An interview with Samira Vera

Posted by , on 8 August 2023

MiniBio: Samira is a PhD student in the lab of Mohammed Mostajo at University of California at Santa Cruz, in the USA, where she focuses on neurophysiology and in open science and open education. She started her career in Peru, where she completed her BSc in Genetics and Biotechnology at Universidad Nacional Mayor de San Marcos. As part of her studied she did an internship in Cuernavaca, Morelos, at Universidad Nacional Autónoma de Mexico. Early on in her career, she focused on virology and protein isolation, and during her PhD, upon switching to neurophysiology, she started getting exposure to microscopy. As part of her PhD project, she generates open teaching resources and websites for learning about different topics on microscopy and neuro electrophysiology.

What inspired you to become a scientist? 

It’s very clear to me! I actually wrote this in my essay for admissions to the PhD. I think I made the decision to study science when I was in 3rd grade of junior high school, when I was 13 or 14 years old. Every year, during the school’s anniversary, we prepared various special events, including a science fair. We were assigned to the different subjects – Biology, Physics or Chemistry. We had to think of a project or a presentation to do during this fair. But around this time, my brother was in a critical state. He was in hospital because he was super anaemic to the point where his heart was no longer behaving normally – he had arrythmias. It turned out that this was due to an infection with Helicobacter pylori, which resulted in a bleeding ulcer, which in turn resulted in his anaemia. At the time, when my mother told me what was going on with my brother, I wanted to know more. I didn’t know much about pathogens, and so the questions that came up in my mind were “what is a bacterium? How does it cause an ulcer? How does an ulcer lead to anaemia?”. I started doing my research at a local public computer – I didn’t have one at home. So I used the internet over there. I loved the process of looking for information to understand an action mechanism. I felt great when I understood the link between my different questions. At this point I thought “when I grow older, I want to pursue a career whereby I can look for answers that allow me to understand complex phenomena. Later on, when I was a bit older, and I started looking for the different available degrees, I had in mind Universidad de San Marcos, which is a public university in Peru. There was the degree of Biology, Hydrobiology, Zoology, Microbiology, and Genetics & Biotechnology. I was torn between Microbiology and Genetics & Biotechnology. I decided for the latter. 

You have a career-long involvement in cell biology, neurobiology, and microscopy. Can you tell us a bit about what inspired you to choose this path?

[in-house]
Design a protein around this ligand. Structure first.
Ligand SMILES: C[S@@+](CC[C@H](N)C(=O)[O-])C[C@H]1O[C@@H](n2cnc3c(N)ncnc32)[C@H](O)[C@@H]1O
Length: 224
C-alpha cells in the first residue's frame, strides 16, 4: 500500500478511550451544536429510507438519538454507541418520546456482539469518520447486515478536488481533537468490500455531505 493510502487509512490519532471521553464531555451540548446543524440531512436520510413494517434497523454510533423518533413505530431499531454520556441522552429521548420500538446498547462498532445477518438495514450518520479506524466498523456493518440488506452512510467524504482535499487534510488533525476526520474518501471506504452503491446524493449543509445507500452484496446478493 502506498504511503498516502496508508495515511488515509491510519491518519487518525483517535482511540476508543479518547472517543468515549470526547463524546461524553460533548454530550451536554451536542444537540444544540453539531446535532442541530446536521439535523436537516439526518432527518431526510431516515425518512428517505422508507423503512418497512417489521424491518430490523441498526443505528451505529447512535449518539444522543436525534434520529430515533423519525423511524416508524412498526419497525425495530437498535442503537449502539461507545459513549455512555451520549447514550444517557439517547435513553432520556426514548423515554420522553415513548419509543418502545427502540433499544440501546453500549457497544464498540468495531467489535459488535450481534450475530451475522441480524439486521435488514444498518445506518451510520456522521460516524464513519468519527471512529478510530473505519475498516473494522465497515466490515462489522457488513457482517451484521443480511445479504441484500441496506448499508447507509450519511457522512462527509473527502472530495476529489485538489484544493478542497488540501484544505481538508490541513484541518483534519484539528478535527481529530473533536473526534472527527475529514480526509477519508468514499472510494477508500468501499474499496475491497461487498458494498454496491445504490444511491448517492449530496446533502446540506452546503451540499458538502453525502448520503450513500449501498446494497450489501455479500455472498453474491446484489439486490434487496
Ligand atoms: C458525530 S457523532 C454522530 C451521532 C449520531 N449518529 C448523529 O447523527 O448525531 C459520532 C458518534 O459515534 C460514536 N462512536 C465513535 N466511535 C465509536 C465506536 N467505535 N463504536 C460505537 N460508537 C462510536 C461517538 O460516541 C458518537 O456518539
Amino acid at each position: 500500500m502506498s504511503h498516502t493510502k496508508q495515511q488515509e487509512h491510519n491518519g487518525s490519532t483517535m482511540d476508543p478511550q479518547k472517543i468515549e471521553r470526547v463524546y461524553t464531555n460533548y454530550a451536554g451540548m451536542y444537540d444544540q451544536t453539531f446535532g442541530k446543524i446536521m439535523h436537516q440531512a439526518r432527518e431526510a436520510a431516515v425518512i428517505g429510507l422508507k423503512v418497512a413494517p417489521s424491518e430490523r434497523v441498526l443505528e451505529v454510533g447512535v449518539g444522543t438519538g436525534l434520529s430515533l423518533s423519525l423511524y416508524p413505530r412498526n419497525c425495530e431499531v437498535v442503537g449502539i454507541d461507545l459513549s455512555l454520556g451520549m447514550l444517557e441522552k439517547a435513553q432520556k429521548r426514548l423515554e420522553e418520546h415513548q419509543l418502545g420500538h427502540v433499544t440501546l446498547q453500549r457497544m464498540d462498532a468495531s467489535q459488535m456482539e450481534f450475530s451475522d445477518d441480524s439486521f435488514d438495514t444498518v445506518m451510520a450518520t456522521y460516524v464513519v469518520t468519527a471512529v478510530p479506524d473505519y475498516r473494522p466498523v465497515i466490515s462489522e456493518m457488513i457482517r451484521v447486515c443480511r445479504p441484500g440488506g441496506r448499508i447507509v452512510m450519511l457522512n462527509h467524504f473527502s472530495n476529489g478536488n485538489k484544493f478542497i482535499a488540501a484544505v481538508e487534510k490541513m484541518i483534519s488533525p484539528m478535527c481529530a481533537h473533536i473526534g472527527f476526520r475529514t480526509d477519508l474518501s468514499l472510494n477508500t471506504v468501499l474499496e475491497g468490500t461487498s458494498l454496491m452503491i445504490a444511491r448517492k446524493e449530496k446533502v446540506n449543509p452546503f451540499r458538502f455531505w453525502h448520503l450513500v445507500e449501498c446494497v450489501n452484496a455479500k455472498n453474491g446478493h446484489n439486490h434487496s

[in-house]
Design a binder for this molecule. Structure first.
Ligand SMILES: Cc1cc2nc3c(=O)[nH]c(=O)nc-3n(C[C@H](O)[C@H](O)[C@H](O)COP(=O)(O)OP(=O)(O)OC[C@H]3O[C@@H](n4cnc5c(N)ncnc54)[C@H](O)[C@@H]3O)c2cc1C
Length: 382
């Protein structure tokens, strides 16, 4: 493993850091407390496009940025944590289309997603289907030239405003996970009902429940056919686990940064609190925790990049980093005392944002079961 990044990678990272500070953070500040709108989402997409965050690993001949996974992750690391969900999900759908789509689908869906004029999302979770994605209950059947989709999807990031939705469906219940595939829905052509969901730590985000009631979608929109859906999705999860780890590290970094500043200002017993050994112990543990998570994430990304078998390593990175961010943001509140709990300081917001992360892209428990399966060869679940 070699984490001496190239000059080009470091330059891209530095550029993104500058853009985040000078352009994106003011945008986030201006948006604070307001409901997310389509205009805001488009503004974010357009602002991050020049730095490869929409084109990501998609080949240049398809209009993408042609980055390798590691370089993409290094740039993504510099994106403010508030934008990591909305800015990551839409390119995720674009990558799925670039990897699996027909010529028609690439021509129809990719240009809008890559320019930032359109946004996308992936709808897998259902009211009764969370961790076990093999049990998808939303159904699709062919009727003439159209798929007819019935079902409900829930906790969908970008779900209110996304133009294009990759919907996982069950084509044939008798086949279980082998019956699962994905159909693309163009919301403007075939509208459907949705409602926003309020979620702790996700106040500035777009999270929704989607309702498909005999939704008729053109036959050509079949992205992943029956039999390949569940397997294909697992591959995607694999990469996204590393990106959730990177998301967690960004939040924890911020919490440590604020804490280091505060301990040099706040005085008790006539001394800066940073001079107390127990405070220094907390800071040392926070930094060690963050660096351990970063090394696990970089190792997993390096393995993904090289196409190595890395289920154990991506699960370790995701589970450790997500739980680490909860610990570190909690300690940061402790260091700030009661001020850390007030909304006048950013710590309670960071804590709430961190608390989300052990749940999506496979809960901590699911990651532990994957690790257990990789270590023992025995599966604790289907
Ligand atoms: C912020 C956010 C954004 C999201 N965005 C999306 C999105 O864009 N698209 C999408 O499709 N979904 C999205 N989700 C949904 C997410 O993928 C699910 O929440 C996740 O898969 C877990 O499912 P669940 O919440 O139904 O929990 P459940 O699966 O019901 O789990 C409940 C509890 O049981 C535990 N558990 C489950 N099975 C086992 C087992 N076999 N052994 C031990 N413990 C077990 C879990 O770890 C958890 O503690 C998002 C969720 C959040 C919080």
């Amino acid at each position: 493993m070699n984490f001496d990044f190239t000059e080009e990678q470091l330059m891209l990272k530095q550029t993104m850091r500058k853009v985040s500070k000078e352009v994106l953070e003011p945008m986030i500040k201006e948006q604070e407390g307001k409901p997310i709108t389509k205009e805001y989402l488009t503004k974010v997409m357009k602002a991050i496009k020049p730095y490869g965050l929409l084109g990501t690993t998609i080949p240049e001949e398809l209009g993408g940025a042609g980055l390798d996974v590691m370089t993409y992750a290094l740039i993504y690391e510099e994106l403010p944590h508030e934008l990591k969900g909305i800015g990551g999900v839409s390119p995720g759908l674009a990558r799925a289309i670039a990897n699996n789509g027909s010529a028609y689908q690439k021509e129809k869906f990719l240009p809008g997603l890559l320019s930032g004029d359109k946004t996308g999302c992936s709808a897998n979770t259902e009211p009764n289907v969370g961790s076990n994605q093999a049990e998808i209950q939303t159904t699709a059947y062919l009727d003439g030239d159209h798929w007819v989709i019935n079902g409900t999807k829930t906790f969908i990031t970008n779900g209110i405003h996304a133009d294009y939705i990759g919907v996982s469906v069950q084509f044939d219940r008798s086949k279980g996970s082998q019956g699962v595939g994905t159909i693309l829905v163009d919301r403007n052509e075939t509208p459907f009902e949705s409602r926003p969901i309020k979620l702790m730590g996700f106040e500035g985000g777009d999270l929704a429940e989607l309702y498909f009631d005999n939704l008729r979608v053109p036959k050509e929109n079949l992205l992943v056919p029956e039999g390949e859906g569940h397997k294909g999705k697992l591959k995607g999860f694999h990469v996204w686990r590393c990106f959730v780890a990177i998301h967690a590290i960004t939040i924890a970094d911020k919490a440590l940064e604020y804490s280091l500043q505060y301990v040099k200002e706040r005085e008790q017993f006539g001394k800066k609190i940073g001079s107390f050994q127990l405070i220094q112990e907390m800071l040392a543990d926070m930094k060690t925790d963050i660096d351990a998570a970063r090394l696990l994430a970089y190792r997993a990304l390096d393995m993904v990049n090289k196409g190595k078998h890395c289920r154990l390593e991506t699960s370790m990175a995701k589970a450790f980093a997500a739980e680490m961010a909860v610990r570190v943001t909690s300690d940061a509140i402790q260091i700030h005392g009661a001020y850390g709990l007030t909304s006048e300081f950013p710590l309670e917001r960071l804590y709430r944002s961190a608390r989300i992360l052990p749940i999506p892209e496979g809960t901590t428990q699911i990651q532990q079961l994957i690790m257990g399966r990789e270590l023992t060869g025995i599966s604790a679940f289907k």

I used to love video-games. I am a big fan of Resident Evil. This was sort of an initial inspiration to study virology – specifically, genetic modification of viruses. This led me to choose Genetics & Biotechnology. Later on, I did a small internship at UNAM (Universidad Nacional Autónoma de México) in a lab specializing in viruses. I then went back to Peru for the last year of my BSc, and I was looking for labs where to do an internship. There was a project that involved the production of protein nanoparticles similar to the viral capsid in the Laboratory of Single-Molecules in charge of PhD. Daniel Guerra Giraldez at the Universidad Peruana Cayetano Heredia from 2019 to 2022. This was an applied research project, for the construction industry. As part of the project, I learned how to introduce a plasmid in bacteria to overproduce a protein, and standardized the conditions for expression and for purification. I worked with molecular exclusion chromatography, did many protein gels, many agarose gels to corroborate that the plasmids were accurate. I noticed during this time that doing research in Peru could be complicated – getting a reagent would take forever, there is a lack of equipment, etc. At this point I discussed with my boyfriend, which is a Biologist, the possibility of working abroad. We had a friend who told us that in the USA you don’t need a MSc to do a PhD, and that it’s possible to get a stipend. Up until this point, I didn’t know that this was possible – I thought that the only way to do a PhD abroad was through a fellowship, and I didn’t see this as a feasible option. After this conversation, I went ahead and applied to several programs, and among them, I was accepted at UCSC (University of California, Santa Cruz). Among the research labs there, there was a PI working in viral protein production, but with the purpose of vaccines. This was the area of virology I had always been interested in. Around this time I became friends with a researcher from my cohort, who is Spanish. He had already decided to go to Mohammed Mostajo’s lab, so he put us in touch with each other. My first rotation was in the virology lab, which was great, and it was on a topic I love. Afterwards, I decided to do the next rotation in Mohammed’s lab, and I felt super happy there. I felt it was a perfect fit, and since I had to make a decision on which lab to join for the next 5 years (for the PhD), I decided for Mohammed’s. I had never worked with neurons, and I never envisaged going into the field of neurobiology, so it was a surprise for me in a way. I found working with cell culture very interesting. Moreover, Mohammed is very involved in outreach and education programs. I have been engaged in outreach and education programs since earlier in my career, so this also made it a natural fit. I loved that he gave priority to both things: scientific research and outreach. That’s how I found my way to his lab!